Insurers Must Focus on a Second Front as Antifraud War Escalates

By James Levendusky  |  April 11, 2013

In the war on fraud, the bad news just keeps coming. In a new study published by Aite Group, total fraud losses for the property/casualty insurance industry are estimated at an eye-popping $64 billion. There’s more: The study predicts that fraud losses will climb to $80 billion by 2015. Of the $64 billion total for 2012, private passenger auto takes the greatest hit, with losses of $26 billion. The analysis comes on the heels of a recent NICB study that shows questionable claims — meaning claims referred for fraud investigation — increased by 26 percent in 2012, the fifth straight year of increases.

For too long, insurers have focused their antifraud resources on the claims side. According to a recent survey published by the Coalition Against Insurance Fraud, 88 percent of survey respondents say they are using antifraud technology. However, the majority of those companies are employing antifraud technology as part of the claims process and not in other areas, such as underwriting. The conventional strategy of investigating fraud at the time of claim may be like closing the barn door after the horse has bolted. By the time an insurer has identified a claim as involving possible fraud, the carrier has already invested heavily and probably lost, no matter the outcome of the investigation. One thing becomes clear in reviewing the literature on insurance fraud: To win, insurers must broaden their fraud detection efforts from the rear-guard actions of claims investigation to the front lines of underwriting.

Advances in technology make that possible. The availability of vast online databases and predictive modeling to identify sophisticated patterns of behavior enables insurers for the first time to detect fraud even before issuing a policy. That’s good news for carriers, because the nature of buying auto insurance has fundamentally changed. The majority of consumers now use the Internet when shopping for auto insurance. That means carriers have only a matter of seconds or minutes to size up the risk and ferret out any inaccuracies or inconsistencies. According to Stephen Applebaum, the Aite study’s author, “Carriers that fail to improve their fraud-detection capabilities will find themselves both attacked by knowledgeable fraudsters and competitively disadvantaged.”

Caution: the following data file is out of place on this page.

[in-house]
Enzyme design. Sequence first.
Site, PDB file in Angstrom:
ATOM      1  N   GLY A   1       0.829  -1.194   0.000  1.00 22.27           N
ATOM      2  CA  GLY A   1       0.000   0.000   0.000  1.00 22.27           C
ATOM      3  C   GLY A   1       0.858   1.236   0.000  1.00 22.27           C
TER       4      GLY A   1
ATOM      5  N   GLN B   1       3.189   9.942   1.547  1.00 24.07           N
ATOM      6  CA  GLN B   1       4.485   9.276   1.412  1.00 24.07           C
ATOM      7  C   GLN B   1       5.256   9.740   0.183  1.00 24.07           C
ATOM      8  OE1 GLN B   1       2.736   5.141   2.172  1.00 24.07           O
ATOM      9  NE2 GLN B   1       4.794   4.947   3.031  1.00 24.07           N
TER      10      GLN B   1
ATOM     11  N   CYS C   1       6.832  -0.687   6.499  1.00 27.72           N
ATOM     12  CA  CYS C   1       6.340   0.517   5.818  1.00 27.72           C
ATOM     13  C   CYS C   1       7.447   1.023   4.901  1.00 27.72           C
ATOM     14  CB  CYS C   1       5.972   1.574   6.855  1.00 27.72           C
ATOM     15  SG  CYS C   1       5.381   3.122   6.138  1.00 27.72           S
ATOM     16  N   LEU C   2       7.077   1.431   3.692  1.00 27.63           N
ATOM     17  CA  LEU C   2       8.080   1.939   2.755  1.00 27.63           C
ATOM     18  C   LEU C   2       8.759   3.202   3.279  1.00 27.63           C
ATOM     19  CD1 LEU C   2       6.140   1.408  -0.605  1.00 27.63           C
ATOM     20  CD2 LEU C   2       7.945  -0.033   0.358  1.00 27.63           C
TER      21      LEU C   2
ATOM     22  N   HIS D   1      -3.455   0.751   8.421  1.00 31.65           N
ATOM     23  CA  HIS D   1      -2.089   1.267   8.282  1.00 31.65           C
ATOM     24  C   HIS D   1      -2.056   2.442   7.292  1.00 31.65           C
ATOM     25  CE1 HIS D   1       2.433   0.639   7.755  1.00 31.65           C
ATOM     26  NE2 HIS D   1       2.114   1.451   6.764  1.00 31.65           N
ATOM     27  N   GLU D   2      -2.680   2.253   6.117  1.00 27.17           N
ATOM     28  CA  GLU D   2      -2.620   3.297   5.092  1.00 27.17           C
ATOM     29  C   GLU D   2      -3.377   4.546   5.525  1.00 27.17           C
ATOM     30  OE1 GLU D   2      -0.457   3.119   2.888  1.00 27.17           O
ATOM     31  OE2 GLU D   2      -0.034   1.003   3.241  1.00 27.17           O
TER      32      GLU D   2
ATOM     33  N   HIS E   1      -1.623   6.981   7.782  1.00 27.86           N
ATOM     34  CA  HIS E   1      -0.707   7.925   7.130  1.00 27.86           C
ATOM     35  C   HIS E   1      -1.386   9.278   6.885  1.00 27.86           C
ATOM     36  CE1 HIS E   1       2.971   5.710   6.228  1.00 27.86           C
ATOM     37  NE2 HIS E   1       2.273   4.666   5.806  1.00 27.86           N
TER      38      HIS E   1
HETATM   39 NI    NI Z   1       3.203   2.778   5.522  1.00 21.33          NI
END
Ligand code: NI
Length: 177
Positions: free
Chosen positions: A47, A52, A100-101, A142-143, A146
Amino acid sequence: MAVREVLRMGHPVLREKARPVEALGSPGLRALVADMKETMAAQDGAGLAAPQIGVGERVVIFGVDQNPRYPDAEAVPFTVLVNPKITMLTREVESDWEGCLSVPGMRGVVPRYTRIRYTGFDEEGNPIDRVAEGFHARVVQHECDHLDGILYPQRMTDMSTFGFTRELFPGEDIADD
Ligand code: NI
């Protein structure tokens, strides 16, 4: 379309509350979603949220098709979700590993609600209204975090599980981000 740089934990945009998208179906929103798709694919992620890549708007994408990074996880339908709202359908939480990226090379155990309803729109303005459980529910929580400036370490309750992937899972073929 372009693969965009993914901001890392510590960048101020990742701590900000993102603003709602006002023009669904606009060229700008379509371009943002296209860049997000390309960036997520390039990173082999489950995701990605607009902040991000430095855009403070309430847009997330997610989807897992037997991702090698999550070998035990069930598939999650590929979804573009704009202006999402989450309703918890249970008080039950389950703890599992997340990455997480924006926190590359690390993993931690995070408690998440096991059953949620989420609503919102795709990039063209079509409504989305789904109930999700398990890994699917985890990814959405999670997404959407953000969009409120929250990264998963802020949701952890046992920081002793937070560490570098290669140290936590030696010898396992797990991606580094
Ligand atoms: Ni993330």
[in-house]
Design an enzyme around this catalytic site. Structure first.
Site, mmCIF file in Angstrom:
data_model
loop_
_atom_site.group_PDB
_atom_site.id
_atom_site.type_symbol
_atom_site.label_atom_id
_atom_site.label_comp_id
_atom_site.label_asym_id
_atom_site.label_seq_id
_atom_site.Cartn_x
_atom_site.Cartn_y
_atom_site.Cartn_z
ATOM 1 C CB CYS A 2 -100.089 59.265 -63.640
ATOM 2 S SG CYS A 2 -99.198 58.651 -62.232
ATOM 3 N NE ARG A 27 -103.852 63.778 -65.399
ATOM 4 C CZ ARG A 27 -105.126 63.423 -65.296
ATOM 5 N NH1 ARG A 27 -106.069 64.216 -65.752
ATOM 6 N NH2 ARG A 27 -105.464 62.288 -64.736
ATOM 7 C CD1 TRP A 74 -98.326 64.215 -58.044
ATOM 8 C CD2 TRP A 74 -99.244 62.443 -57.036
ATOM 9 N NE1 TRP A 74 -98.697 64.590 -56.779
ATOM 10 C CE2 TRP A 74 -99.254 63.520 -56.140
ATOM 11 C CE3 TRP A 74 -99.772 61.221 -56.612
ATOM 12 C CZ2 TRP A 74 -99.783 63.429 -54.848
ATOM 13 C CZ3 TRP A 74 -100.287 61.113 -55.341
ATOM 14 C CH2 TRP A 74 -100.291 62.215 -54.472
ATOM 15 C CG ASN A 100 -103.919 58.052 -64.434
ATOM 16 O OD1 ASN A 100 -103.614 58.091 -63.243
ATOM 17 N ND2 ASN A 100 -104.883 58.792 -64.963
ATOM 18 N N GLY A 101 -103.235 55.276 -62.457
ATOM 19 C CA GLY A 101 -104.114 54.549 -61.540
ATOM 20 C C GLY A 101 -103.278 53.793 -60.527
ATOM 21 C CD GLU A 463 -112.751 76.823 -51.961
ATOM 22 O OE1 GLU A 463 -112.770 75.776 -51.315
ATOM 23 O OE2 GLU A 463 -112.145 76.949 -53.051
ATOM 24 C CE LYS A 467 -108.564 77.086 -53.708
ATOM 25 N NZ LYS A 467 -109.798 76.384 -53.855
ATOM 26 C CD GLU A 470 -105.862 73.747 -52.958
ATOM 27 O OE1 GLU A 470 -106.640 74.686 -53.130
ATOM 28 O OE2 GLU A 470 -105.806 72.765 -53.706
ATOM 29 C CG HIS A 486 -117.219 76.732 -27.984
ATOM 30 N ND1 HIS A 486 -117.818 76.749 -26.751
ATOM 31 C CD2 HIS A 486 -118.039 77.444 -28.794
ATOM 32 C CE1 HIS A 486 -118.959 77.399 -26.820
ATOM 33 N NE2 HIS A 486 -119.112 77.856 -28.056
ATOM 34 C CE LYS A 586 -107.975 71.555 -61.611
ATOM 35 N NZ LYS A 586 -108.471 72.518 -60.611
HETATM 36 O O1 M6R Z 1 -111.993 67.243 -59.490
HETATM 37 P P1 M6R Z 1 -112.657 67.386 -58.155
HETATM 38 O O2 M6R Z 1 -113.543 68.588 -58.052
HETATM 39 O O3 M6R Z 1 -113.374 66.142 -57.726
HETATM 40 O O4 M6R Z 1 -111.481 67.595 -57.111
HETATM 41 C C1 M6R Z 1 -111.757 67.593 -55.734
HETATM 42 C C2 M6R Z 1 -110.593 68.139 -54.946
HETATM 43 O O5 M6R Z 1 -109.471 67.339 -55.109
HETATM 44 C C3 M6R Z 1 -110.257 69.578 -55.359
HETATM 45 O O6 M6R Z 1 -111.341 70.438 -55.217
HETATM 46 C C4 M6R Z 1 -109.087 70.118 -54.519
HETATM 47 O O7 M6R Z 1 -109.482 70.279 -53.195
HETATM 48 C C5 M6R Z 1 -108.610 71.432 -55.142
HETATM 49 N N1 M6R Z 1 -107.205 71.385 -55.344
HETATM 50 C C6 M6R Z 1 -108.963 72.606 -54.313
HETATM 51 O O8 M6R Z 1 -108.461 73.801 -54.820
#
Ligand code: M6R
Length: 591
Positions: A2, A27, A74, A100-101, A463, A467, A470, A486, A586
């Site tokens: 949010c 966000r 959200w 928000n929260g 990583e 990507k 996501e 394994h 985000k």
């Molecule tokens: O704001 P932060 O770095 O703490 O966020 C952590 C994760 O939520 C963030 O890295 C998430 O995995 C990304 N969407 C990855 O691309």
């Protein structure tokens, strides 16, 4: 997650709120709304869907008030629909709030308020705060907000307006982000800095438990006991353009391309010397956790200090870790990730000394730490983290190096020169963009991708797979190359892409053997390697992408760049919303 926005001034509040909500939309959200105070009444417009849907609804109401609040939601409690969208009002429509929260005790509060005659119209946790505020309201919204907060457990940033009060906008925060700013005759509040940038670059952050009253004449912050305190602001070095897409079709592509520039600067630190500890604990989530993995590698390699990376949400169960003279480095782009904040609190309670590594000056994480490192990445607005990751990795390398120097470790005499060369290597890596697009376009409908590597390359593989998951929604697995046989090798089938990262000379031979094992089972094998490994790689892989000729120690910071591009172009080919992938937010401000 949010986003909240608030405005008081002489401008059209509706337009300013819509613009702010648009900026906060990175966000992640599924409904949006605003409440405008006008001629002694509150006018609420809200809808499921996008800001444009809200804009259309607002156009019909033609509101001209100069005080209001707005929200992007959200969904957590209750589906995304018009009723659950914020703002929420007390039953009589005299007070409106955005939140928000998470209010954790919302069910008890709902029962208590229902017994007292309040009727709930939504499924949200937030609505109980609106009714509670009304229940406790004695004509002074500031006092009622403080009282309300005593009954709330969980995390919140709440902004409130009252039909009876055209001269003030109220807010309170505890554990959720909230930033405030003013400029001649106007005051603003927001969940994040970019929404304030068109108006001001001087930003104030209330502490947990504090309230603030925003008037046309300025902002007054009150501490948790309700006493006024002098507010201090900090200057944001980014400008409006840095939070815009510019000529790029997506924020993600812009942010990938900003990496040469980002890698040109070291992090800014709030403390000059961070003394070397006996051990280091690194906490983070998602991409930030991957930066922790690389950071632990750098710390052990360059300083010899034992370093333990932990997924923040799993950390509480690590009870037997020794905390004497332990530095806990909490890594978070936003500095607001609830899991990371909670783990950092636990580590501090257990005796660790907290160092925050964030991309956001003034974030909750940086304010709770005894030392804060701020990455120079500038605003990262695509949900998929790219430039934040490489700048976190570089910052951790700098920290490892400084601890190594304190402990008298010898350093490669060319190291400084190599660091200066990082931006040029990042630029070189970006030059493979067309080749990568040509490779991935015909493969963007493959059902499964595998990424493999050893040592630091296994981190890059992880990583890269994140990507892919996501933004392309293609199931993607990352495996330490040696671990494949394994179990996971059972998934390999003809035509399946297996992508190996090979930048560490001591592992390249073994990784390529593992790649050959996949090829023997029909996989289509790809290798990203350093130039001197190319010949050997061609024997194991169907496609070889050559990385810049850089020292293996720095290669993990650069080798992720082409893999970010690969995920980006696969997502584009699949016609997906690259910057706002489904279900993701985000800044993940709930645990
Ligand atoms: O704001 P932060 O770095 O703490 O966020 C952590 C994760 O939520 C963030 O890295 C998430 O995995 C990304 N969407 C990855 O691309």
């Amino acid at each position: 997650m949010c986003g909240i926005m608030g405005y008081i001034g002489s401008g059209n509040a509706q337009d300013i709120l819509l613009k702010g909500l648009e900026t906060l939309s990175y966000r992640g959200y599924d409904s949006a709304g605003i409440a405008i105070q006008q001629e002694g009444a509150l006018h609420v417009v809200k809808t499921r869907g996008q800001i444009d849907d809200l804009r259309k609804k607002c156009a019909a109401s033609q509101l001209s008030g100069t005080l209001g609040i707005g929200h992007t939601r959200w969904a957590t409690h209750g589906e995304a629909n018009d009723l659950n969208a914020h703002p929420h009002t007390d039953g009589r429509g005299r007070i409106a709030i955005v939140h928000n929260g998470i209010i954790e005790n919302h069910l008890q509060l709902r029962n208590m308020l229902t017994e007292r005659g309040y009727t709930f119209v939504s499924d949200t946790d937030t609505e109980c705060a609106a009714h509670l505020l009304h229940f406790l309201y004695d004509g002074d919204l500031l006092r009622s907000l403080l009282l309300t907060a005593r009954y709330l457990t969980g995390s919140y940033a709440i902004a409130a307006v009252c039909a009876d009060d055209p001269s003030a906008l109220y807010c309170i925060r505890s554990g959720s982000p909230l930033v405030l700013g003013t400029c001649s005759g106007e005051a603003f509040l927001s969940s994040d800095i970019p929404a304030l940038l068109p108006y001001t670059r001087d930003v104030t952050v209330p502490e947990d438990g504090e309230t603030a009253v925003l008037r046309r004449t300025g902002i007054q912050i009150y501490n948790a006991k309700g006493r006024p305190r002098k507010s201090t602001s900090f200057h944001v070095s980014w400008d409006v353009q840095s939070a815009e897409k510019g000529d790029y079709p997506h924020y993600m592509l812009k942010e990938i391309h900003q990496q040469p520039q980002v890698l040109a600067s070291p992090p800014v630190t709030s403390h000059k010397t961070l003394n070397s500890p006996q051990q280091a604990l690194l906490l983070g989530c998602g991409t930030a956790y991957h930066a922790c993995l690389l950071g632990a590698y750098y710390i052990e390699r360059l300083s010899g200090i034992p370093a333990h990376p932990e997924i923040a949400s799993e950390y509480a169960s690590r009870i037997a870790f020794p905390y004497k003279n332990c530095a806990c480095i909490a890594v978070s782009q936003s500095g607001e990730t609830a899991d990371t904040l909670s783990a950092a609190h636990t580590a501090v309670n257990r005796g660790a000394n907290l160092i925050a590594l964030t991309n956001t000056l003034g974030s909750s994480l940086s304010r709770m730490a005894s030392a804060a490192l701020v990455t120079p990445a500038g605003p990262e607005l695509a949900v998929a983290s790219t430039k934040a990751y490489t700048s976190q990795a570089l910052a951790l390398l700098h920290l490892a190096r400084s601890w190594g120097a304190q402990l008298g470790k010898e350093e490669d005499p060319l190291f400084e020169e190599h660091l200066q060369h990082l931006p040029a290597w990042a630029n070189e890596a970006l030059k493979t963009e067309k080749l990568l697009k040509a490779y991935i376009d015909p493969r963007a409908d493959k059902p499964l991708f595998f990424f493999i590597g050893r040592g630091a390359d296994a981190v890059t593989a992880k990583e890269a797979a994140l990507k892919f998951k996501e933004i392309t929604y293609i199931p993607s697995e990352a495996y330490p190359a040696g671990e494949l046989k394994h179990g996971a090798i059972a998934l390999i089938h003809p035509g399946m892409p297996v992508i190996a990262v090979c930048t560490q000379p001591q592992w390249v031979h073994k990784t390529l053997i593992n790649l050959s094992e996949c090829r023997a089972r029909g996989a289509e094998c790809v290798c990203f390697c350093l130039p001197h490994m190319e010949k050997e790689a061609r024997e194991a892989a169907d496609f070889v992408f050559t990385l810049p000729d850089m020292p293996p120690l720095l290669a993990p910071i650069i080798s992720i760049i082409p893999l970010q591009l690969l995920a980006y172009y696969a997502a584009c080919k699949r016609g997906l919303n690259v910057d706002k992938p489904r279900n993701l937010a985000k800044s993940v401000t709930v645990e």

Verisk Insurance Solutions – Underwriting is doing its part to ensure that carriers are well armed on the underwriting front. Products such as RISK:check® Point of Sale provides insurers with real-time, accurate data so they can make smarter decisions at the point of sale to find and stop fraud before it starts.

Read more about Verisk’s RISK:check Point of Sale, or call 1-800-888-4476 to speak to a sales representative today.

James Levendusky

As vice president, Telematics, Verisk – insurance solutions, Jim Levendusky leads product development and strategic marketing for auto and commercial telematics and usage-based insurance products. He joined Verisk Analytics in 2002 as senior product manager. In 2012, Jim became auto marketing manager for the Verisk – insurance solutions – Underwriting division, where he managed marketing and development for a variety of personal and commercial lines products. Before that, he worked in a number of underwriting and product management capacities for insurers specializing in personal lines.